By Leo Babauta
I think most of us have a tendency to do as much as we possibly can. But doing less might be better.
When we go to a great restaurant, we want to try all the dishes, eat as much of the delicious food as we can. And we leave overstuffed, sometimes painfully so, and our waistlines expand.
When I go for a run, often I’ll want to run as far or as hard as I can … and then I’m exhausted, and less likely to want to run tomorrow.
When we go on a trip to a new country, we want to see everything, do as much as possible, and that leaves us exhausted.
When we work or read online, we go from one task to the next, continuously, quitting only when we’re spent, well past what might be healthy for us.
How can we counter the tendency to want to do as much as possible?
Leave yourself wanting more.
The other day I went out for a run, and I really wanted to push myself to my limit. I let that desire go and did a moderate run, leaving some gas in the tank. The next day, I wanted to run some more, and I did. Today I’d be happy to go for another run, though maybe I’ll do something else instead. It’s sustainable and will make the habit last longer.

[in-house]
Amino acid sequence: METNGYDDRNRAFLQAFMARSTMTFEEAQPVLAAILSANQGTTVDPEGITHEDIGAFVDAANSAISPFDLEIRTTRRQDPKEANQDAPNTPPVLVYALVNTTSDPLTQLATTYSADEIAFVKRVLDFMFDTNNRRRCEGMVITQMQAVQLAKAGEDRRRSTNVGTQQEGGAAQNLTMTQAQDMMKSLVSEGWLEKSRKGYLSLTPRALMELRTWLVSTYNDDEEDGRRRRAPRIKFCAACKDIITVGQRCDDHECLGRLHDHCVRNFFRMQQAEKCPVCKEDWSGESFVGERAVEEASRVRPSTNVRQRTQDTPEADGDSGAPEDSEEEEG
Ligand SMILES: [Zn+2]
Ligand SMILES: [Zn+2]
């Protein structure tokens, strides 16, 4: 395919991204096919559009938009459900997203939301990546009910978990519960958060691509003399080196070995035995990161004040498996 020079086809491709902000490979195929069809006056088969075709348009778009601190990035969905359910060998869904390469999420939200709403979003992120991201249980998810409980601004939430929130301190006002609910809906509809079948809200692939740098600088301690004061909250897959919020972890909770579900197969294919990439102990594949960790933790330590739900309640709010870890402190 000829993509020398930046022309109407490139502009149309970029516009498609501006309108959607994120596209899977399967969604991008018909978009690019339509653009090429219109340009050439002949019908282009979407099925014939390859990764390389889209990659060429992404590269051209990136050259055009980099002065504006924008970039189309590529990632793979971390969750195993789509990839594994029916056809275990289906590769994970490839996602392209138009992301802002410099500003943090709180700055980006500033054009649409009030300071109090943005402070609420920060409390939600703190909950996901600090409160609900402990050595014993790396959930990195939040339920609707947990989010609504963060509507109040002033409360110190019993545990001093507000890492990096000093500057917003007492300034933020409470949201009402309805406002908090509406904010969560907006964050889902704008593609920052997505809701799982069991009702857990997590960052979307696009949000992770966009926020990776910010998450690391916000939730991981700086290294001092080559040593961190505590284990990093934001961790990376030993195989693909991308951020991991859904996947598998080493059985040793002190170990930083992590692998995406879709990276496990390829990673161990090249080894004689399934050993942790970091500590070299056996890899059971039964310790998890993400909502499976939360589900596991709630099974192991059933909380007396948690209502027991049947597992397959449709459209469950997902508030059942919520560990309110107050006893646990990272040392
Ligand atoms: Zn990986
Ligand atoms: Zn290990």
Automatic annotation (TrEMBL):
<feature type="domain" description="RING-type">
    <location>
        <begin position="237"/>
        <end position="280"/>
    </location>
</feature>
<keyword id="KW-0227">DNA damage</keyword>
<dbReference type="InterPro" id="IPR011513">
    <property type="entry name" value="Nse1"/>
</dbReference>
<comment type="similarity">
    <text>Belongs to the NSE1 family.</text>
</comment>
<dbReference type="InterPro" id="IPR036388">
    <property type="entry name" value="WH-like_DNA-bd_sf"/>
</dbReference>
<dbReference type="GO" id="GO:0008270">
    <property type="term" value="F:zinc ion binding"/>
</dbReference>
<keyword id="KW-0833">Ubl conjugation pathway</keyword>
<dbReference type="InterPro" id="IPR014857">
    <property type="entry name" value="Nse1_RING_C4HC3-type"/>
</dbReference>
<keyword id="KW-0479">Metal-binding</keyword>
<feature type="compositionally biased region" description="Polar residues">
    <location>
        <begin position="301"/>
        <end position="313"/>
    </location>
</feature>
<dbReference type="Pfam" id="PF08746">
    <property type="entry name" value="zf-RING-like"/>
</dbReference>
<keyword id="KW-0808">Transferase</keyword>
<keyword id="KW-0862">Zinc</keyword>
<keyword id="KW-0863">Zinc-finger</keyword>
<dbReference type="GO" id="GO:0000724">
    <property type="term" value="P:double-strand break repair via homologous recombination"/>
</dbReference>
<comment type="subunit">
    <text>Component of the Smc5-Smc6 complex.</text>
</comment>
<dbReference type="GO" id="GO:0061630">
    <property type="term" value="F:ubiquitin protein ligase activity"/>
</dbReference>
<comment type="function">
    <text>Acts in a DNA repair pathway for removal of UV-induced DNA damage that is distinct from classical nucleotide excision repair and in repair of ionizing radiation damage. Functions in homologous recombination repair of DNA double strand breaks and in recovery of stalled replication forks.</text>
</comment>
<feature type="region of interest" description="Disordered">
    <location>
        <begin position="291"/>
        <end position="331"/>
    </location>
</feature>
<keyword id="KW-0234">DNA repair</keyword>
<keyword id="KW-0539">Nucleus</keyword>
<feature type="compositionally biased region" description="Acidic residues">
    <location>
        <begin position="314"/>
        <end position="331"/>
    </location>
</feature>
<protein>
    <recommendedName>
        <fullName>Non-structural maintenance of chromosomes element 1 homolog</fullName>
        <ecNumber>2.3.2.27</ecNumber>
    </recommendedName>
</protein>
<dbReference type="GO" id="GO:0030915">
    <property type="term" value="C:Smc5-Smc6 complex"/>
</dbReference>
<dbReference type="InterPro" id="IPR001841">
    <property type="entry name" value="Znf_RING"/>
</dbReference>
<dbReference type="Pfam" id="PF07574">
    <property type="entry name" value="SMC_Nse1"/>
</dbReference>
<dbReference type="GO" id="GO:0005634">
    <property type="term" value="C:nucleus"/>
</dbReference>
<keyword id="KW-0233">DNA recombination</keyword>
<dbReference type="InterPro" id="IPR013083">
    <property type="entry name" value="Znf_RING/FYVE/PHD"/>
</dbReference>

If you sit down for a meal, don’t try to eat as much as possible. Eat less. Leave the table wanting a little more. It won’t kill you. This is something I’m working on myself, but it takes practice. The result, though, is that you feel healthier and your waistline thanks you.
When you travel, don’t try to see everything. See a few things, and take your time. Leave the new city knowing that there’s more to see that you are leaving for next time. Leave yourself wanting more.
When you’re on the computer, shut it down before you’re done with everything. You’ll never be done with everything, and shutting down early means you’ve reserved some of your mental energy for other pursuits offline. You’ll be raring to go tomorrow. You won’t be as spent.
Let’s do less, and leave some in reserve. And enjoy the less that we do even more.